Small Safe Steps 3s workshop



Agile: Small Safe Steps

Split technical changes into Small Safe Steps




  • Better strategies to manage large and risky changes (safe migrations, reversible changes, risk minimization).
  • Improve your Continuous Delivery techniques:
    • Technical tasks Slicing.
    • Theoretical and practical foundations for Trunk Based Development.
    • Parallel Changes.
    • Expand & Contract.
    • Branch by Abstraction.



In this workshop, we are going to practice how to split technical tasks in an agile way so that we can deliver continuously. The same approach is very useful to make huge architecture changes with good control of the risk and the migration process. Using real scenarios, we will work in groups to split the tasks into Small Safe Steps that can be deployed to production with confidence. Say goodbye to Big Bang releases and the anxiety of getting things into production. Embrace the agile way.


Target group

Any product team member who wants to improve the frequency of deployment, and reduce the anxiety of deploying to production. No programming language knowledge required.


Workshop summary

  • Duration: 2.5h - 3.5h
  • Up to 5 teams of 3-5 members
  • 2 Facilitators



Tools (remote version)

  • Zoom / Meet or other video conference system. We need a room to work together and a room for each of the teams.
  • Google doc.

Slide deck

The slides are divided in the following sections:
  • Introduction (Why we should work in Small Safe Steps)
  • Workhsop rules
  • Scenarios, grouped by topic:
    • Web
    • Logic & Performance
    • Persistence
    • API
    • Communication
  • References & Resources
  • Additional Content

Facilitation guide


Preparing the workshop

  1. Make a copy of the workshop resources (3s Worskshop slidedeck, 3s Workshop Plan, 3s Team workbook) and use them for the following steps.
  2. Select the number and composition of the teams. Each team should have between 3 and 5 members. More than five teams are tough to manage. It is a good idea to mix people who usually don't work together or have different roles and experiences.
  3. If you are going to facilitate the workshop in your company, I recommend you to create two or three additional scenarios based on your daily work. For example, you can set up a scenario for some significant change you have made in the past that you think could have been broken into more steps. Adapt your slide deck and workbook to include those additional scenarios. [Optional step]
  4. Create one workbook per team.
  5. Assuming that each exercise will take between 12 and 15 minutes, select the key scenarios and their order. Between 6 and 8 is a reasonable number for a 2.5-3h workshop.
  6. Document in the workshop plan all the decision taken:
    • number and composition of the teams.
    • scenarios selected
    • links to the team exercise docs
    • links to the slidedeck and videoconference rooms


Running the workshop

Running the workshop remotely adds some challenges. It´s more difficult to have a quick overview of the session, detect problems in the teams, or check that everyone has understood an exercise. So if possible, I recommend to have 2 people facilitating the workshop if you want to run it remotely.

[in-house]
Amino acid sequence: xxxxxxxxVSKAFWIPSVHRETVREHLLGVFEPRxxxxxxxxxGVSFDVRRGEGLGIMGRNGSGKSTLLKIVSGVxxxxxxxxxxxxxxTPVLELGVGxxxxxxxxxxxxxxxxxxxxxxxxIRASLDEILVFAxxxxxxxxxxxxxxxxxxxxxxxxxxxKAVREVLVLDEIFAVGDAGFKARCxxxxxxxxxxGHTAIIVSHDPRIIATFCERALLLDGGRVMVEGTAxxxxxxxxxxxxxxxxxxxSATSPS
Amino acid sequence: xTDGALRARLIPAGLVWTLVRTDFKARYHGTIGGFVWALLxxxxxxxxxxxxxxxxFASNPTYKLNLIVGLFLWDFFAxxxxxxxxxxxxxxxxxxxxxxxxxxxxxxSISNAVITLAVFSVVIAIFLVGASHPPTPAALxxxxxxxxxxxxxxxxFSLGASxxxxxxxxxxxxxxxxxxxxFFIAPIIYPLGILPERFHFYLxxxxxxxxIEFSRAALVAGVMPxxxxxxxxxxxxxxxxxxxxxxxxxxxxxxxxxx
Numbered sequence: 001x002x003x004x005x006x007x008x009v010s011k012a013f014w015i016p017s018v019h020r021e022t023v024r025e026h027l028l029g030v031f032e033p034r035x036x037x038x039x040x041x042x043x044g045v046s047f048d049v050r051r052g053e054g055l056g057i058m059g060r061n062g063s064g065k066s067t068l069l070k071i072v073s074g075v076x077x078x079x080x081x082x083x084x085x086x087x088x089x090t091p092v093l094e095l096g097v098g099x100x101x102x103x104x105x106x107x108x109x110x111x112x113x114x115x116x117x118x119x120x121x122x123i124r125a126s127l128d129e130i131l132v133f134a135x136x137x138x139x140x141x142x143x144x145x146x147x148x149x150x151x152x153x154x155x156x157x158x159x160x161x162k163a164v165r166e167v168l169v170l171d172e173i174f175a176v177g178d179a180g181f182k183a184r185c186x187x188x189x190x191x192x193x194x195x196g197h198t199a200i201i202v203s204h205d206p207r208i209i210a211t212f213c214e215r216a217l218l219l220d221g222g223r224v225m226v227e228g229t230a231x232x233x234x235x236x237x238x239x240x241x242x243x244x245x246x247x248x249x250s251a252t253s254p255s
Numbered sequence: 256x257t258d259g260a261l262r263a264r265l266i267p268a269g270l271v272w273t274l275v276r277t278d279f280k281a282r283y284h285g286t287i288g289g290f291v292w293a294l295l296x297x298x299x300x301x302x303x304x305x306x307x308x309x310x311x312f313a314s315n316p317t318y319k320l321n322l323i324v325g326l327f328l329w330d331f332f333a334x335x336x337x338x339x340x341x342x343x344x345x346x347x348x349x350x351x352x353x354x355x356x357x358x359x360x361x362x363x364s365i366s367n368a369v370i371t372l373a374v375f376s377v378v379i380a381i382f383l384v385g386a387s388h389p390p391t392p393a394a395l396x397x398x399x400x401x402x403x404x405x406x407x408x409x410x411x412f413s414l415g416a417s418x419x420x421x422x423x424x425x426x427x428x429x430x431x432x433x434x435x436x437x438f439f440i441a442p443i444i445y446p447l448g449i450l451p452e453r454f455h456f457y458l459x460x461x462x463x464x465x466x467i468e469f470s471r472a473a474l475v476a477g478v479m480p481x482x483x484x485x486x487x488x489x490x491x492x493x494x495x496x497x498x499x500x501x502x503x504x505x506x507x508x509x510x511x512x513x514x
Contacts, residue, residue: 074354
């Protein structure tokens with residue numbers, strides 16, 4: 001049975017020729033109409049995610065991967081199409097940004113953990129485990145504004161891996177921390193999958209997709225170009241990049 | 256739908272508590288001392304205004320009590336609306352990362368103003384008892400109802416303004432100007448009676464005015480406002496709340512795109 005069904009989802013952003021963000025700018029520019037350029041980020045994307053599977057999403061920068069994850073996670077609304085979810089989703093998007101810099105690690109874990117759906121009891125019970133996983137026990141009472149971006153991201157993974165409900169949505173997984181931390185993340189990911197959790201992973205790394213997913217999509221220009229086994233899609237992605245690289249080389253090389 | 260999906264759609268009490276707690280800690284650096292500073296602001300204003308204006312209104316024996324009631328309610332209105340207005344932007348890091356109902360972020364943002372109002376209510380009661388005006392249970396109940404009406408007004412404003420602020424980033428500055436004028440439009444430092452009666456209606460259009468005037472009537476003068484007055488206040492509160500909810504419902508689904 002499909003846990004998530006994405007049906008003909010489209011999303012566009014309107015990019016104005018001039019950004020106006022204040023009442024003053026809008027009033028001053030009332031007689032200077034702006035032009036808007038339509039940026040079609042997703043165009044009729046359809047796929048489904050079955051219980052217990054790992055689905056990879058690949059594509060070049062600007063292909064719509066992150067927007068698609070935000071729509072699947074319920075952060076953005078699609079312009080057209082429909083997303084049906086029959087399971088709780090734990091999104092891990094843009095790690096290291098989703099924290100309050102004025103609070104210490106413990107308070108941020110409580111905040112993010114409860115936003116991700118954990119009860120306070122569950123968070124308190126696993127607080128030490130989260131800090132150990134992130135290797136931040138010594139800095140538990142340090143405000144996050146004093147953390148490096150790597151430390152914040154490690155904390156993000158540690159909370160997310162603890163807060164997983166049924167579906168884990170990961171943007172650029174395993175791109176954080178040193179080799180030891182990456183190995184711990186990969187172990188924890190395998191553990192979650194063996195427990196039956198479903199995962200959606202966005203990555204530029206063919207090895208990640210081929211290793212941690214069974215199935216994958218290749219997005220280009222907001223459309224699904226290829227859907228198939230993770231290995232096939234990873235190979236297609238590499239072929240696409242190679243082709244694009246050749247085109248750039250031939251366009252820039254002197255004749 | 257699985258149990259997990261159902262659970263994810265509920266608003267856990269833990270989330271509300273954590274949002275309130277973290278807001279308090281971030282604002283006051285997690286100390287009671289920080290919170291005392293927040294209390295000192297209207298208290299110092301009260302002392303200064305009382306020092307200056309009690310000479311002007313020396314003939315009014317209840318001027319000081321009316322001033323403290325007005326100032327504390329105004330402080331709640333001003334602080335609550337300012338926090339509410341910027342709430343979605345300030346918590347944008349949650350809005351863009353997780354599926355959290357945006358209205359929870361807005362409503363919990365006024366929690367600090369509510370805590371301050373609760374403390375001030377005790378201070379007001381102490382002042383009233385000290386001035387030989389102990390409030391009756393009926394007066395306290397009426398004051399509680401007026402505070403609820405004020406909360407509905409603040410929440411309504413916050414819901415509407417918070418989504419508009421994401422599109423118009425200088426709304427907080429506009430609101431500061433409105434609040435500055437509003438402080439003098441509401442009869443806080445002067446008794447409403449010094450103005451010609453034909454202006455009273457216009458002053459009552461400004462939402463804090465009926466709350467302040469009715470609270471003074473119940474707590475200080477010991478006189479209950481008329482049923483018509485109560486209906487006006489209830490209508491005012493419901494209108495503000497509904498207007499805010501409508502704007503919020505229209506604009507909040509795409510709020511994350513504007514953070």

The general flow of the workshop is as follows:

  • We start with a few minutes of presentation (slide deck Introduction) to explain why it is convenient to work in Small Safe Steps. [Approx 10m]
  • Then we explain the mechanics and the rules of the game (slide deck Workshop rules). [Approx 2m]
  • We solve the scenario W1 together, focusing on the different options and the game rules. [Approx 15m]
  • Now we begin to solve each of the scenarios we had selected. See Solving a scenario to learn about the mechanics. [Approx 1.5h-2h]
  • Before moving to another group of scenarios, it´s interesting to see the slide marked "Keep in mind" for the current group.
  • Once you have finished with the selected scenarios, you can comment the references and resources and close the workshop (slide deck References & Resources). [Approx 5m]
  • Additionally, depending on the audience, it may be interesting to deepen in the tactics and patterns used (slide deck Additional Content). [Approx 10m] [Optional]

As the last step of the session, we must comment to the attendees that the slide deck contains as notes example solutions of all scenarios.


Solving a scenario

The dynamics to solve each scenario are the following:
  • Scenario description [Together]. [2m] Read the definition of the scenario together and resolve any doubts about the context or the scenario description.
  • Solve the Scenario [Working in groups]. [10m] Each team goes to its videoconference room for 10m and tries to solve the scenario, writing down each step (deployment or action) in their team working document. During these 10 minutes, the facilitators move around the teams solving doubts and trying to solve any problem. After these 10 minutes, all the teams return to the main videoconference.
  • Share the solutions [Together]. [3m] Select a team to describe their solution. The facilitator must repeat each of the steps/deployments, making sure everybody understand the general strategy. If we detect a problem, we should give alternative solutions with the corresponding trade-off and application context. Once we have an initial solution, we involve the rest of the teams to see other strategies and options. The facilitator should highlight the different options, contexts, and trade-offs that affect each of the solutions.


At this point, we can move on to the next scenario. If the scenario belongs to another group/topic, before advancing, we must review the theory slide of the current group/topic in the slide deck. These slides have the distinctive "To keep in mind".


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